How Much Longer Will the Dollar Be the World’s Reserve Currency?
Editor’s note: China’s official press agency in October called for ending the U.S. dollar as the world's reserve currency.
In an English-language editorial, China’s Xinhua news agency said the world should consider a new reserve currency “that is to be created to replace the dominant U.S. dollar, so that the international community could permanently stay away from the spillover of the intensifying domestic political turmoil in the United States."
China is the largest foreign holder of U.S. government debt, with about $1.3 trillion of Treasury bonds in its portfolio. China is also a huge buyer of gold. Some analysts believe China’s government is building gold reserves to create its own gold-backed currency.
This news makes the following commentary, posted Oct. 12 at the Mises.org Web site, especially timely.
We use the term “reserve currency” when referring to the common use of the dollar by other countries when settling their international trade accounts. For example, if Canada buys goods from China, it may pay China in U.S. dollars rather than Canadian dollars, and vice versa. However, the foundation from which the term originated no longer exists, and today the dollar is called a “reserve currency” simply because foreign countries hold it in great quantity to facilitate trade.
The first reserve currency was the British Pound Sterling. Because the pound was “good as gold,” many countries found it more convenient to hold pounds rather than gold itself during the age of the gold standard. The world’s great trading nations could hold pounds rather than gold, with the confidence that the Bank of England would hand over the gold at a fixed exchange rate upon presentment.
Toward the end of World War II the U.S. dollar was given this status by international treaty following the Bretton Woods Agreement, with the promise that the Fed would not inflate the dollar and stood ready to exchange dollars for gold at $35 per ounce.
U.S. Called to Account
Unfortunately, the Fed did not maintain that commitment. It was called to account in the late 1960s, and to his everlasting shame, President Richard Nixon took the United States “off the gold standard” in September 1971. Nevertheless, the dollar was still held by the great trading nations, because there was no other currency that could match the dollar, despite the fact that it was “delinked” from gold.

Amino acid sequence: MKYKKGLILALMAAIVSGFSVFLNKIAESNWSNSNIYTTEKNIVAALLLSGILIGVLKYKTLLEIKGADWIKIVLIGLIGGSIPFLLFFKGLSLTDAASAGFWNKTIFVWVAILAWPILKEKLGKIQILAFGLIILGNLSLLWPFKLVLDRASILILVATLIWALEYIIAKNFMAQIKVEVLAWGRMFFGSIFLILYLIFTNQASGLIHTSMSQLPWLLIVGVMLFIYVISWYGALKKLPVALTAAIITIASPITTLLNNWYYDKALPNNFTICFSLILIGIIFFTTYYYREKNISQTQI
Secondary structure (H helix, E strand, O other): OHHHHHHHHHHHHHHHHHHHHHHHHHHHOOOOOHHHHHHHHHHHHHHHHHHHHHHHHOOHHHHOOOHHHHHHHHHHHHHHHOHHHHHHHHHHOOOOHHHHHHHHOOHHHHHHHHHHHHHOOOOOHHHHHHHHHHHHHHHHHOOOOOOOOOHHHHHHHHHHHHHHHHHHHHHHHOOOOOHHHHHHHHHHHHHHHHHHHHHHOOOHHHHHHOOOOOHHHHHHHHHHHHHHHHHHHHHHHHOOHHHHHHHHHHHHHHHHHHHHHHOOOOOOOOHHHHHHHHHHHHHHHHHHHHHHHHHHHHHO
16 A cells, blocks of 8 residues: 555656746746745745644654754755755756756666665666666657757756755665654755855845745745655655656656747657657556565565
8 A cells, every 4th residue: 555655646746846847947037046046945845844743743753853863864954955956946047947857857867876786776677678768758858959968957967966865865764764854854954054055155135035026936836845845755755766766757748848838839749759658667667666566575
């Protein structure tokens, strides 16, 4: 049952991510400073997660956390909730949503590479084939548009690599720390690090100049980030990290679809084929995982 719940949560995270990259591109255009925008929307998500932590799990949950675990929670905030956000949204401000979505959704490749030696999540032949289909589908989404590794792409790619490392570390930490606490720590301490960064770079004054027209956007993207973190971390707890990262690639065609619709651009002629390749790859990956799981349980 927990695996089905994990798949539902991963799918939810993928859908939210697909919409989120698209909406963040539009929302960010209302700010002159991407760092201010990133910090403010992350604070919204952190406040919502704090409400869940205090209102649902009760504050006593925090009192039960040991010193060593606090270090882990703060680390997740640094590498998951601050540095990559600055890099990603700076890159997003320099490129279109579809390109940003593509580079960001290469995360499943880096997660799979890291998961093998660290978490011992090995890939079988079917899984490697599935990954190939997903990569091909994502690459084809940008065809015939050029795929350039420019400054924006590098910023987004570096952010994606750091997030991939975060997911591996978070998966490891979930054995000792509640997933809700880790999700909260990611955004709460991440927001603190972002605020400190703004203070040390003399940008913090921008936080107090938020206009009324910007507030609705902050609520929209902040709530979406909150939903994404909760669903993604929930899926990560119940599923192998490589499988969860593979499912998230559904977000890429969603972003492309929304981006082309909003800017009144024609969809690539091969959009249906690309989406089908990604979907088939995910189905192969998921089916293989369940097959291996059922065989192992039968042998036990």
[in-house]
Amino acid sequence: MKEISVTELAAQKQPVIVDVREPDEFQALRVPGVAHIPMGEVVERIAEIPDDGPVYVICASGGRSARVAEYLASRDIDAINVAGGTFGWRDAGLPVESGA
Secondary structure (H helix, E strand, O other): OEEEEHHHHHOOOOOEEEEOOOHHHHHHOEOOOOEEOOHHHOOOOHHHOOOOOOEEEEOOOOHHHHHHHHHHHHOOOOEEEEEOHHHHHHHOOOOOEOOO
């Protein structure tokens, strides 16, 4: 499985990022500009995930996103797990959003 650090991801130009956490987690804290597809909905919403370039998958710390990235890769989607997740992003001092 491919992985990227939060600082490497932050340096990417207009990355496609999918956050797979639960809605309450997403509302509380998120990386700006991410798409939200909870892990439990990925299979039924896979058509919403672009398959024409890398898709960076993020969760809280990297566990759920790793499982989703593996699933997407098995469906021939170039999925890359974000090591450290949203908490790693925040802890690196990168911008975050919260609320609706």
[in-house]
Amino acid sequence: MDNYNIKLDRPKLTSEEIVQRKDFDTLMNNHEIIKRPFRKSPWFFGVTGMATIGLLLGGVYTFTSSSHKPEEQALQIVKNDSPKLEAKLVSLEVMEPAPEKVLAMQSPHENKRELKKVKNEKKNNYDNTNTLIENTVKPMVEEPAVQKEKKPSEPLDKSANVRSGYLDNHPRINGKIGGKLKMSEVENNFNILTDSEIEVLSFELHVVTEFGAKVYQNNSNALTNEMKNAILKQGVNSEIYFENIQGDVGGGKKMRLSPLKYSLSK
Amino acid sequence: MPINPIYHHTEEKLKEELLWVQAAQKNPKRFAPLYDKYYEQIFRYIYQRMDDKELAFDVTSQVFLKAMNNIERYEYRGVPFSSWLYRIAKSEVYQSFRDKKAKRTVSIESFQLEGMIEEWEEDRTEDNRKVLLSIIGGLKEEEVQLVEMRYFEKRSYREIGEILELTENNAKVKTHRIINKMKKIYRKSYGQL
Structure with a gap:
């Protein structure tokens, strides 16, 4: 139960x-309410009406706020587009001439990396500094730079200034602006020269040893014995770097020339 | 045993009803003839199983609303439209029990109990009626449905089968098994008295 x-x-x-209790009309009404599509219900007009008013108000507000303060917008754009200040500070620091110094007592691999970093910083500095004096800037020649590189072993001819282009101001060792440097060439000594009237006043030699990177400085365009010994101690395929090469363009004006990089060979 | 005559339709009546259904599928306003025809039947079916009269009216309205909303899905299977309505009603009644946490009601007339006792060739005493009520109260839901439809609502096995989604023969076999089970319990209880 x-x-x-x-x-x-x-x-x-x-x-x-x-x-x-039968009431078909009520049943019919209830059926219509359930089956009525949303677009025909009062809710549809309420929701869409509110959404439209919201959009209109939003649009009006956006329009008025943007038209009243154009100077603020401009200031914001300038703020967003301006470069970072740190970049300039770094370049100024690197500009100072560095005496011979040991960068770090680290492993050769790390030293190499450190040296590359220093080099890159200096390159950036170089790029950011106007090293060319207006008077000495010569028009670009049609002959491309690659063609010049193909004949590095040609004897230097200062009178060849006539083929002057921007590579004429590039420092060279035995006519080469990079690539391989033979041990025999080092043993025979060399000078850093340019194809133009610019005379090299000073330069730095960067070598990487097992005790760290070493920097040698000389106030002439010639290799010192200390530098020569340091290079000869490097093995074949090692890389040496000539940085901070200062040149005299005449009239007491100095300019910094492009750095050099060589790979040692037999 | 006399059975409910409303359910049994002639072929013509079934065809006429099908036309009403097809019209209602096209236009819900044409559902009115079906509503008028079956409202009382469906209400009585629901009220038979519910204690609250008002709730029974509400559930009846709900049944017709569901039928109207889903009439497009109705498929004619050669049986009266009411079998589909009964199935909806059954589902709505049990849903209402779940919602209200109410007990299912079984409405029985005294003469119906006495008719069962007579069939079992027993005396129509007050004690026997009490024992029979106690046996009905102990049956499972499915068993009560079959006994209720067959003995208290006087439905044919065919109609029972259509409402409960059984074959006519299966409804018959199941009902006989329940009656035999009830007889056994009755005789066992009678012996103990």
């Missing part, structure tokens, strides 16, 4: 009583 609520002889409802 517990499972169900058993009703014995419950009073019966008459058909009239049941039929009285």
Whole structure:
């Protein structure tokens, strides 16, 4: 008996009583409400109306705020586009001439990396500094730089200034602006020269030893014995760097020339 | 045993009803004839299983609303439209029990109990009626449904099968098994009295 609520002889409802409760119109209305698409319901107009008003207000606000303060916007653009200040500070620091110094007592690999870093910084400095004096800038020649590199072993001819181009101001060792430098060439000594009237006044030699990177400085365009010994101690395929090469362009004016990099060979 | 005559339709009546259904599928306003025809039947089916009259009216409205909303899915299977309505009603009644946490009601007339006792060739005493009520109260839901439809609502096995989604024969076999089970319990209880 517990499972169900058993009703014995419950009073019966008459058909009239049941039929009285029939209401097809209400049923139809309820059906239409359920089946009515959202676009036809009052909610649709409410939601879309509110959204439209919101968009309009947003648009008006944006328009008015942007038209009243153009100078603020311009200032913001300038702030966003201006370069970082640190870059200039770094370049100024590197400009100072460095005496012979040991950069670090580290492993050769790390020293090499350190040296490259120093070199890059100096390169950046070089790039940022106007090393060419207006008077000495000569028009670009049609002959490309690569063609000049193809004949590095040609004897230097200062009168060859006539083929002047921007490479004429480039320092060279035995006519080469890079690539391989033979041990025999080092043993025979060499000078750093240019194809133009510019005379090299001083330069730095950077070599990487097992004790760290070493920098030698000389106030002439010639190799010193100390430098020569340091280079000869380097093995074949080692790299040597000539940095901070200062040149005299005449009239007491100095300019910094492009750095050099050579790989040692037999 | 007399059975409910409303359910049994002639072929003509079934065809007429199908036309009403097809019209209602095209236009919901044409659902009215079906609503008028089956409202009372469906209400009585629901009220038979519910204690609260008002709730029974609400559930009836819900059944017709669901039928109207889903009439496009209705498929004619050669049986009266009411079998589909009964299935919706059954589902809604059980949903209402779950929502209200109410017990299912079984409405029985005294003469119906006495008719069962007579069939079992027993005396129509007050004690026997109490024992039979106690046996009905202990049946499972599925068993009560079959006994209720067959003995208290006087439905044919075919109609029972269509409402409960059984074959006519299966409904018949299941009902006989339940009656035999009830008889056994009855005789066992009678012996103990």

Two characteristics make a currency useful in international trade: One, it is issued by a large trading nation; and, two, it holds its value vis-à-vis other commodities over time.
Although the dollar was being inflated by the Fed, thus losing its value vis-à-vis other commodities over time, there was no real competition. The German Deutsche mark held its value better, but German trade was a fraction of U.S. trade, meaning holders of marks would find less to buy in Germany than holders of dollars would find in the United States. In addition, the United States was seen as the military protector of all the Western nations against the communist countries for much of the postwar period.
Other Monies Being Used
Today we are seeing the beginnings of a change. The Fed has been inflating the dollar massively, causing many of the world’s great trading nations to use other monies upon occasion.
I have it on good authority, for example, that DuPont settles many of its international accounts in Chinese yuan and European euros. There may be other currencies that are in demand for trade settlement by other international companies as well. In spite of all this, one factor that has helped the dollar retain its reserve currency demand is that the other currencies have been inflated, too. For example, Japan has inflated the yen to a greater extent than the dollar in its foolish attempt to revive its stagnant economy by cheapening its currency. The monetary destruction disease is by no means limited to the United States.
The dollar is very susceptible to losing its vaunted reserve currency position by the first major trading country that stops inflating its currency. There is evidence China understands what is at stake; it has increased its gold holdings and has instituted controls to prevent gold from leaving China.
Should the world’s second-largest economy and one of the world’s greatest trading nations tie its currency to gold, demand for the yuan would increase and demand for the dollar would decrease. In practical terms this means the world’s great trading nations would reduce their holdings of dollars, and dollars held overseas would flow back into the U.S. economy, causing prices to rise. How much would they rise? It is hard to say, but keep in mind that there is an equal number of dollars held outside the United States as there are inside the nation.
Yellen’s Dangerous QE Fixation
President Obama’s imminent appointment of career bureaucrat Janice Yellen as Chairman of the Federal Reserve Board is evidence the U.S. policy of continuing to cheapen the dollar via Quantitative Easing will continue. Her appointment increases the likelihood that the demand for dollars will decline even further, raising the prospect of much higher prices in the United States as demand by trading nations to hold other currencies as reserves for trade settlement increases.
Perhaps only such non-coercive pressure from a sovereign country like China can wake up the Fed to the consequences of its actions and force it to end its Quantitative Easing policy.